It’s true: We’re all pretty powerless to find true satisfaction for ourselves and in ourselves alone. With my hardened heart, as the Stones sang, “I try and I try and I try and I try…” But with the Lord, as our Prayer over the Offering says, I can petition God for “the gift of true prayer and of peace.”

Father Tim S. Hickey is a priest of the Archdiocese of Hartford currently serving as a mission priest in the Catholic Diocese of Dodge City, in his native Kansas. He is pastor of three parishes in rural Western Kansas.

It’ in the Air

One of my favorite phrases to hear is, “Love is in the air.” The reason I love it so much is because of today’s first reading:

“Beloved, let us love one another,
because love is of God;
everyone who loves is begotten by God and knows God.
Whoever is without love does not know God, for God is love.
In this way the love of God was revealed to us:
God sent his only-begotten Son into the world
so that we might have life through him.
In this is love:
not that we have loved God, but that he loved us
and sent his Son as expiation for our sins.”
(1 John 4:7-10)

It’s a short reading, but it’s more than enough to try to take in. I mean,  the fact that God doesn’t “love” us, but just exists and his existence is love?? It hurts my brain a little bit, but I love it!

God is the purest form of love that there is. In fact, we can’t even conceive of love so undoubting, so full, so nonjudgemental, so unending. Can you? I mean, my parents love me with their whole hearts, but you’re telling me that God loves me even MORE? How lucky are we?

Okay, so God loves us more than anyone else and we can’t even compare it. Now, go a step further and try to understand that not only is God love, but anyone that loves inherently knows God.

Let me repeat that. Anyone that knows love, knows God.

What does that mean? It means that the person that doesn’t believe in God is literally an embodiment of God when he loves his wife and when he loves his child. It means that pretty much everyone has encountered God in their lives, even if it’s not on a daily basis. So what does that mean for us, as disciples of Christ?

It means that love is in the air and we need to breathe it all in.

God is all around us and in us and we’re sitting here acting like it’s not totally, mind-blowingly awesome!

Today and every day, the choice to live God’s will, his love, is ours. If God is love, then all we need to do is love and we are being ministers of our faith. Simply be kind, and you will spread the Gospel. People will notice. People know God, whether they are Christian or not because he is already a part of their lives and of their existence.

Spread love – spread God – through your actions

Looking to read something about the miracle of the Multiplication of the Loaves and Fishes? Click here!

Veronica Alvarado is a born and raised Texan currently living in Michigan. Since graduating from Texas A&M University, Veronica has published various articles in the Catholic Diocese of Austin’s official newspaper, the Catholic Spirit, and other local publications. She now works as the Content Specialist in Diocesan’s Web Department.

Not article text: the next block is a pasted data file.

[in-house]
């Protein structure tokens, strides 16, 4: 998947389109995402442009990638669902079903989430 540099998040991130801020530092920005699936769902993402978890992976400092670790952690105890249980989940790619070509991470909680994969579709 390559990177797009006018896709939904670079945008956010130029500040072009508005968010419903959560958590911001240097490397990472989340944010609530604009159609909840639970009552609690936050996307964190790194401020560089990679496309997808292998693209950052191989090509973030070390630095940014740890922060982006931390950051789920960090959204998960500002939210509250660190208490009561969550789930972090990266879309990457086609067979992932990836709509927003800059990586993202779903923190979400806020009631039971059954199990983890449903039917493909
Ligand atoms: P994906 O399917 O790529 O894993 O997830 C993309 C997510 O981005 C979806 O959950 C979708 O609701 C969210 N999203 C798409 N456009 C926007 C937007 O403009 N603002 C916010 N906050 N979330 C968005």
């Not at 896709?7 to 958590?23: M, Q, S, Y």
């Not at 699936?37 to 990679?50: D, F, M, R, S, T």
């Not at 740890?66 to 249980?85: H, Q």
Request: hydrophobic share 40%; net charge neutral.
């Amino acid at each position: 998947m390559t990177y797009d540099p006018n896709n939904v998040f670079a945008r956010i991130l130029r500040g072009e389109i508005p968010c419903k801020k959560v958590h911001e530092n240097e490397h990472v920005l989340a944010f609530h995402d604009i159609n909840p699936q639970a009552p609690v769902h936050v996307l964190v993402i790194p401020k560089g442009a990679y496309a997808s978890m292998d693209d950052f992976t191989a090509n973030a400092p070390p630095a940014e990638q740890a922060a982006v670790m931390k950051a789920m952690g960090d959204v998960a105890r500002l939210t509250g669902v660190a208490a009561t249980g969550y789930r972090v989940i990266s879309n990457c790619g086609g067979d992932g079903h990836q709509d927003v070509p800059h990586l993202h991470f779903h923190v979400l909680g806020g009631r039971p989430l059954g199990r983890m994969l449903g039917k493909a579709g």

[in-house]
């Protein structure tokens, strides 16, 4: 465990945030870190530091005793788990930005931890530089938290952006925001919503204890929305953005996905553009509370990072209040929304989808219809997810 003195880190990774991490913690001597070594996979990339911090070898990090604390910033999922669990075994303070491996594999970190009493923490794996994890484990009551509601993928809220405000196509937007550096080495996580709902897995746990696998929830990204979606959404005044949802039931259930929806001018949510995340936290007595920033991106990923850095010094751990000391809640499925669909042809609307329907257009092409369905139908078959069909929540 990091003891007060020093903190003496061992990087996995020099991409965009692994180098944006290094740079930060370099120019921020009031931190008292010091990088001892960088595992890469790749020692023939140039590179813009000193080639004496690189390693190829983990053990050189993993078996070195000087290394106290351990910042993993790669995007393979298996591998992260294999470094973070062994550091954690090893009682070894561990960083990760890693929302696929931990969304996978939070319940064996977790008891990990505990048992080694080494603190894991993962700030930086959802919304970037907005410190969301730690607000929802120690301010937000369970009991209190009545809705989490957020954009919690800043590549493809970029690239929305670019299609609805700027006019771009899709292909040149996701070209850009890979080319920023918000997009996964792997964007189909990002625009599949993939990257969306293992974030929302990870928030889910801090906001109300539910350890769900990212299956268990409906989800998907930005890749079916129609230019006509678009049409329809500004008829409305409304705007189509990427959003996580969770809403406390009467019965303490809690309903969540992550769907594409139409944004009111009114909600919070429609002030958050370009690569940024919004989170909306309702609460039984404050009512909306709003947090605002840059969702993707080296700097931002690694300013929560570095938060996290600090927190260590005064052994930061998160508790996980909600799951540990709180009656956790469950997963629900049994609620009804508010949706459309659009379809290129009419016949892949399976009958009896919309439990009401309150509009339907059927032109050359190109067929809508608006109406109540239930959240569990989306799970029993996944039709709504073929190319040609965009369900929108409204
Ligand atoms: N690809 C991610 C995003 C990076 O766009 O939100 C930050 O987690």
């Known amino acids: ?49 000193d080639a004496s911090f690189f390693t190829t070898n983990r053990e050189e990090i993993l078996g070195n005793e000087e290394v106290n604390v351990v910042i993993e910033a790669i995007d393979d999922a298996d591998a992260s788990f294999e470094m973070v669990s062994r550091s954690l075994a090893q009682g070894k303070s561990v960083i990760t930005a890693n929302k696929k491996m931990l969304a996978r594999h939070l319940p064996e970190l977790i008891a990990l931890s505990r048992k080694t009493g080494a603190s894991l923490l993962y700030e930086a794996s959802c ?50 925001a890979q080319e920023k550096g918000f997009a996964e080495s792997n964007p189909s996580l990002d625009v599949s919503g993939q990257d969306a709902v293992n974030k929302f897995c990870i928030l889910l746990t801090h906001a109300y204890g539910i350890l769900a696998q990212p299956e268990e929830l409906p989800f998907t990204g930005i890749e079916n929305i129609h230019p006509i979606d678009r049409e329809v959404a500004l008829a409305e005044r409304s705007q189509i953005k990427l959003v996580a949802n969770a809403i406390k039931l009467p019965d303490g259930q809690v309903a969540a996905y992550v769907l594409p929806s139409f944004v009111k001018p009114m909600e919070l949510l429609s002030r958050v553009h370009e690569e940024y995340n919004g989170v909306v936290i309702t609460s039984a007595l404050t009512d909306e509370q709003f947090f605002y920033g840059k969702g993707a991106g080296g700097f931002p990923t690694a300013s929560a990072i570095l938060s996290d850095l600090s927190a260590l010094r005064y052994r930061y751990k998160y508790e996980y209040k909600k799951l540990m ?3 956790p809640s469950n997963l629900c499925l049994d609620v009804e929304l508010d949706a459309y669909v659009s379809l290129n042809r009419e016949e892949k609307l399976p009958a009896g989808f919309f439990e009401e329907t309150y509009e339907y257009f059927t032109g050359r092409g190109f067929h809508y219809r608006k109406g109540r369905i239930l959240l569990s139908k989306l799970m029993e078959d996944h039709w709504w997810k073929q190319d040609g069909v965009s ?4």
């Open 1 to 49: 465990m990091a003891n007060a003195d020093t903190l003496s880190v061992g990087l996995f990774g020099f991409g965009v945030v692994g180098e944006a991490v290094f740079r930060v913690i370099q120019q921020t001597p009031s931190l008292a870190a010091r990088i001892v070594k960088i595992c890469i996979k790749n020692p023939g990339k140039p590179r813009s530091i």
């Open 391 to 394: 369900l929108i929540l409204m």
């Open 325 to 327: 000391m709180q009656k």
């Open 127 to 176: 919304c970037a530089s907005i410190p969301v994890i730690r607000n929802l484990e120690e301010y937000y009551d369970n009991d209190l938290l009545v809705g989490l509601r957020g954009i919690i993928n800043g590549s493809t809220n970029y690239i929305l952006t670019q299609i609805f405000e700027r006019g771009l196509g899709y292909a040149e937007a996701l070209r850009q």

Trust and a Test

Usually, when I go through the daily readings, I am drawn immediately to the Gospel. Not today, however. Today, my eyes go to the first reading from the first letter of John for a couple of reasons.

The first reading spans two separate passages, titled “Confidence before God” and “Testing the spirits.” John begins by saying, “Beloved, we receive from him whatever we ask.” We receive whatever we ask? Where does that confidence come from? Obedience.

By following God’s commandments, by believing in Christ and loving others, not even our own hearts can condemn us. Knowing that we remain in communion with Him, we have the confidence to approach the Lord with all of our needs – big or small. Greater trust in God’s plan is another fruit of obedience as well.

I associate confidence before God with the ability to be specific in prayer. He knows the desires of our hearts, He knows what we want, but there is something to approaching the Lord in prayer with a specific intention and feeling confident that He will answer.

It is important to remember, however, that God doesn’t always answer prayer on our own terms. An oft-used saying goes, “God has three answers in mind: yes, not yet or I have something better in mind.” That is where trust comes in and, when we add in confidence, we trust His answer no matter what it is. God’s plan is better than anything we could dream up.

We cannot trust everything, however, as the second half of the reading tells us. John explains that there are spirits belonging to false prophets that have gone out into the world and invites us to test those spirits. Through the unity of the Trinity, the Holy Spirit acknowledges Jesus Christ as the true Son of God. Every spirit that does not acknowledge the same truth does not belong to God but to the world instead. Because we are not of the world, we have conquered those same spirits since God, who dwells within us, is greater than the world.

As we begin this new calendar year, I invite you all to practice these few simple virtues of obedience, trust and confidence. Test those false prophets and see where the Lord will take you this year.

Erin is a Parma Heights, Ohio, native and a 2016 graduate of Franciscan University of Steubenville. She uses her communication arts degree in a couple of different ways: first, as an Athletic Communications Assistant at Baldwin Wallace University and, secondly, as a youth minister at her home parish of Holy Family Church. Although both of her jobs are on complete opposite spectrums, she truly enjoys being able to span the realm of communications. You can follow her on multiple Twitter accounts – @erinmadden2016 (personal), @bwathletics (work) and @HFVision (youth ministry).